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title:“William Lee to George Mason”
authors:William Lee
date written:1790-6-15

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last updated:Jan. 22, 2013, 8:03 a.m. UTC
retrieved:April 18, 2024, 2:37 p.m. UTC

Lee, William. "Letter to George Mason." The Papers of George Mason. Vol. 3. Ed. A Rutland. Chapel Hill: The University of North Carolina Press, 1970. 1202-03. Print.
File Copy, Virginia Historical Society, Richmond, Va.

William Lee to George Mason (June 15, 1790)

Green Spring June 15. 1790.
I suppose you have been informed that the Chancellor has orderd a new tryal in the Wmsburg District Court in the Suit you Commenced against me in York Court & obtaind a Judgment therein which was injoined in the high Court of Chancery, Except as to £1112: 13: 8; Thus we are at see again.
My state of health and other Motives make me anxious to Settle all my affairs finally and as quickly as possible even should it be attended with considerable loss to myself for these reasons and to avoid any farther trouble & Expence on either side—I am induced to make you the following proposion. If you will direct your Attorney Mr. Waller to stay all future proceedings & to dismiss the suit, I will immediately pay to him or any one else you may please to direct Interest on the above mentioned Sum of £1112: 13: 8 at the rate of 5 Pr. Ct. Pr. Annom from the date of the Signature of the Diffinitive treaty of Peace Between Great Brittain and the United States of America, which I believe was the 20th Septr. 1783. This Proposal I concieve you will readily agree to because I have very good reason for believing that even your own council are Clearly of opinion that it is the utmost you have the most distant Chance of recovering & on the Contrary I am so advised as to make me think that you will not recover so much on a final determination which may be tedious & distant.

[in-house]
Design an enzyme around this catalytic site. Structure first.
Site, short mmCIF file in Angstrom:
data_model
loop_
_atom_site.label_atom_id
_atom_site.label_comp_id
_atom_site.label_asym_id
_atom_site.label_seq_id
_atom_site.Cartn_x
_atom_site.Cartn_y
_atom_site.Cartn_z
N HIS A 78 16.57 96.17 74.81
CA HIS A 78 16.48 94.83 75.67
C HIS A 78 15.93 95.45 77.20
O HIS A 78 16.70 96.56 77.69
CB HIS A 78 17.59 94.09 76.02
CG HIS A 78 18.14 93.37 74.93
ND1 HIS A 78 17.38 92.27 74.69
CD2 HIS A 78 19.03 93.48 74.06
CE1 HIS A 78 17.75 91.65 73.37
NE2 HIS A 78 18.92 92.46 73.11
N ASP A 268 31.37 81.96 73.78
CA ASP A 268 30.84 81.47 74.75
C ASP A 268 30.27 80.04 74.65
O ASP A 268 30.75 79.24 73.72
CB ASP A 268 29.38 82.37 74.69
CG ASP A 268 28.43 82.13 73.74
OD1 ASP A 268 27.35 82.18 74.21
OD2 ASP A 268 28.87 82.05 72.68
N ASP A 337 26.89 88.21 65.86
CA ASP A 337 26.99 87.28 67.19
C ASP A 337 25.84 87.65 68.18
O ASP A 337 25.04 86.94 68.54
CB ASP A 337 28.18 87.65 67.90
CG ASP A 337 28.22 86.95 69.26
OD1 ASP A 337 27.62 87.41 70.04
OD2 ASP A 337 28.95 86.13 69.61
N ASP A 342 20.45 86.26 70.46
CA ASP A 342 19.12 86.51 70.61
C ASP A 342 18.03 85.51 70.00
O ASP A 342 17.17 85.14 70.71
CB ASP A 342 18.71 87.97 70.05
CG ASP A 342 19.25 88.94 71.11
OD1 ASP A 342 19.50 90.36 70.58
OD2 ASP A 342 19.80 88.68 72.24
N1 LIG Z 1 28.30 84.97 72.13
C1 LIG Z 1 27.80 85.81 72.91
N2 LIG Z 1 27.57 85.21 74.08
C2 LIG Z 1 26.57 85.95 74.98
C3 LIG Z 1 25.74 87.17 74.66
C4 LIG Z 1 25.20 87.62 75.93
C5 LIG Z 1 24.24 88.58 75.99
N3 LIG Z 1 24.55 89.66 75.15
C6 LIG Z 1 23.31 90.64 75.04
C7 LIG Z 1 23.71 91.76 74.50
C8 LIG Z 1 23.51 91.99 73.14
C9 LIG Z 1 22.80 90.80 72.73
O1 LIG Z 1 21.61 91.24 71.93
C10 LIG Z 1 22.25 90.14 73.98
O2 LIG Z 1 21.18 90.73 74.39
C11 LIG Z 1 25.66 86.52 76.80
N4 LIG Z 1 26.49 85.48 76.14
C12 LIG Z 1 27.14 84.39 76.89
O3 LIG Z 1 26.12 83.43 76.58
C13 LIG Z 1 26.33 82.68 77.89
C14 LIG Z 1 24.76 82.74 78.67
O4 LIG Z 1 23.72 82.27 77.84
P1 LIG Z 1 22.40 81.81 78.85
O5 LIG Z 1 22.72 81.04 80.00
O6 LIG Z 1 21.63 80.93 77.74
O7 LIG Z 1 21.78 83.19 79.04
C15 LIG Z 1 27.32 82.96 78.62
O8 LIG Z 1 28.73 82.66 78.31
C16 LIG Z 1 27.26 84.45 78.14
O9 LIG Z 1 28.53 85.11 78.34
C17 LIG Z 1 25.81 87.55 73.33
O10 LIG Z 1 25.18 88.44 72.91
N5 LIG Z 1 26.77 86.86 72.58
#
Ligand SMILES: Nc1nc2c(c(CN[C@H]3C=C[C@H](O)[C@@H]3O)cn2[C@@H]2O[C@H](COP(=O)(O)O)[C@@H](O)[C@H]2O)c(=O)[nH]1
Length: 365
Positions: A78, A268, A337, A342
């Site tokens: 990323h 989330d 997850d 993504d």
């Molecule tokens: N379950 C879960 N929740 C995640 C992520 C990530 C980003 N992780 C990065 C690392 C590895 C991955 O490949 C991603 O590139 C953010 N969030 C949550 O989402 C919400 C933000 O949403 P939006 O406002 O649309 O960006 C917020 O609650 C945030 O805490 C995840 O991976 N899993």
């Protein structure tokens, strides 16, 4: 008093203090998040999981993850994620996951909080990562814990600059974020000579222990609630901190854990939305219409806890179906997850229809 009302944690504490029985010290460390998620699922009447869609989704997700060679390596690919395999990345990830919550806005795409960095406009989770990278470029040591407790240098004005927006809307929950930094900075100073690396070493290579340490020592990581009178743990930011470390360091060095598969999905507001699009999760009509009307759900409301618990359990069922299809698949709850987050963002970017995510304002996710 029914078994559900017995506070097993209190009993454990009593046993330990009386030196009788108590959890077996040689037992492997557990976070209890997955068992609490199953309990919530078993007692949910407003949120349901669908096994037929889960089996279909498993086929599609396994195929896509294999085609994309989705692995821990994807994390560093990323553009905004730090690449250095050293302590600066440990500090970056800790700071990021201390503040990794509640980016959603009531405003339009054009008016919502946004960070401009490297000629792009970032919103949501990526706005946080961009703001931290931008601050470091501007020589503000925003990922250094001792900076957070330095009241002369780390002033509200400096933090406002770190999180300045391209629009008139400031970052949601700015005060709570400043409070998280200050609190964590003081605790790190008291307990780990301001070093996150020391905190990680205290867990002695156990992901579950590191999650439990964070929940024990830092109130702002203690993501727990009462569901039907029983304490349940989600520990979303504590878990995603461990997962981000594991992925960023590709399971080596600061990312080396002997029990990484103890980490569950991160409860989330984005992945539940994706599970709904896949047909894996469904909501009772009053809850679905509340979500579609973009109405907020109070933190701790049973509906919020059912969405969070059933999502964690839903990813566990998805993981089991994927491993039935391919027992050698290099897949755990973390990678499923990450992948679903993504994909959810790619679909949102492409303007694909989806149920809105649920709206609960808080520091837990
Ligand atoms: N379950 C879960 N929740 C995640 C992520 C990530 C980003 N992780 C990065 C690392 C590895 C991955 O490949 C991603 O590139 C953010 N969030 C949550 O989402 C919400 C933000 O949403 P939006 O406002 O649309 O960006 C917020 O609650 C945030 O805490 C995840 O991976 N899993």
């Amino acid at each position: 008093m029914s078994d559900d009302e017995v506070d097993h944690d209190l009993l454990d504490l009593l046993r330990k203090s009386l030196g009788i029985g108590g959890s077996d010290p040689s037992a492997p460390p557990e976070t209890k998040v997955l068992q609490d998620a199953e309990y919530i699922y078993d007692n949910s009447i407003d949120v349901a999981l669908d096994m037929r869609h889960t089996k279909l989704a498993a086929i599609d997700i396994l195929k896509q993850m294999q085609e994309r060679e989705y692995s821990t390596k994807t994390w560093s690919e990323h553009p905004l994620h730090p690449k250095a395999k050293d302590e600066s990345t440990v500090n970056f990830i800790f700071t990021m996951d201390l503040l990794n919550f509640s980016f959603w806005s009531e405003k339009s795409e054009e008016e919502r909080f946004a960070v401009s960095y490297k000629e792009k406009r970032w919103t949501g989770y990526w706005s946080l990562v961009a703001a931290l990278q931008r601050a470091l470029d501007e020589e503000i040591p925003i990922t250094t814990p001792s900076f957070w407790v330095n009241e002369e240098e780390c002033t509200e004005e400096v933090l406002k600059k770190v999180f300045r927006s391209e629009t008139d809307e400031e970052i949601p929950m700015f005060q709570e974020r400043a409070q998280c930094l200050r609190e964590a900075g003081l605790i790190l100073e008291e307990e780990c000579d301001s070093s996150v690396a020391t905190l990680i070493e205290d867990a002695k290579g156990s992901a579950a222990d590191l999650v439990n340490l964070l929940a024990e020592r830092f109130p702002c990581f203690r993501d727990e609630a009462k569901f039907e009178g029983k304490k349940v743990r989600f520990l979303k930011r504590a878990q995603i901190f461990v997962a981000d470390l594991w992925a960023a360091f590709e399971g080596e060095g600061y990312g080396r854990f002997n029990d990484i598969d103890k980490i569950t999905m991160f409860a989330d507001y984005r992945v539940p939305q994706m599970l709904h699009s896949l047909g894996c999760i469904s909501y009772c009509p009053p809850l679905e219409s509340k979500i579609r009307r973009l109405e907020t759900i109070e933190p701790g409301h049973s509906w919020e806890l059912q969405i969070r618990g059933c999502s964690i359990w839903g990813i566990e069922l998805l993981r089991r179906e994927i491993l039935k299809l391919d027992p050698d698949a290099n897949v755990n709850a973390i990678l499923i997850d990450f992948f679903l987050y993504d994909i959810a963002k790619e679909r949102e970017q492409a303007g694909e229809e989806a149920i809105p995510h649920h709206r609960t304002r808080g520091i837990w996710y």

I shall expect your answer in the course of next week, which may be put under cover & directed to Col. Nathaniel Burwell of Carters Grove near Williamsburg as I intend very shortly to set out for the Sweet Springs as the Last resort for the recovery of my Health and in 12 or 14 days Col. Burwell is to set out for his Estate over the Ridge whe [re] he is to spend the Summer so that if your answer does not arrive in the time before mentioned there will be unavoidedlly som delay in the settlement of the Business.

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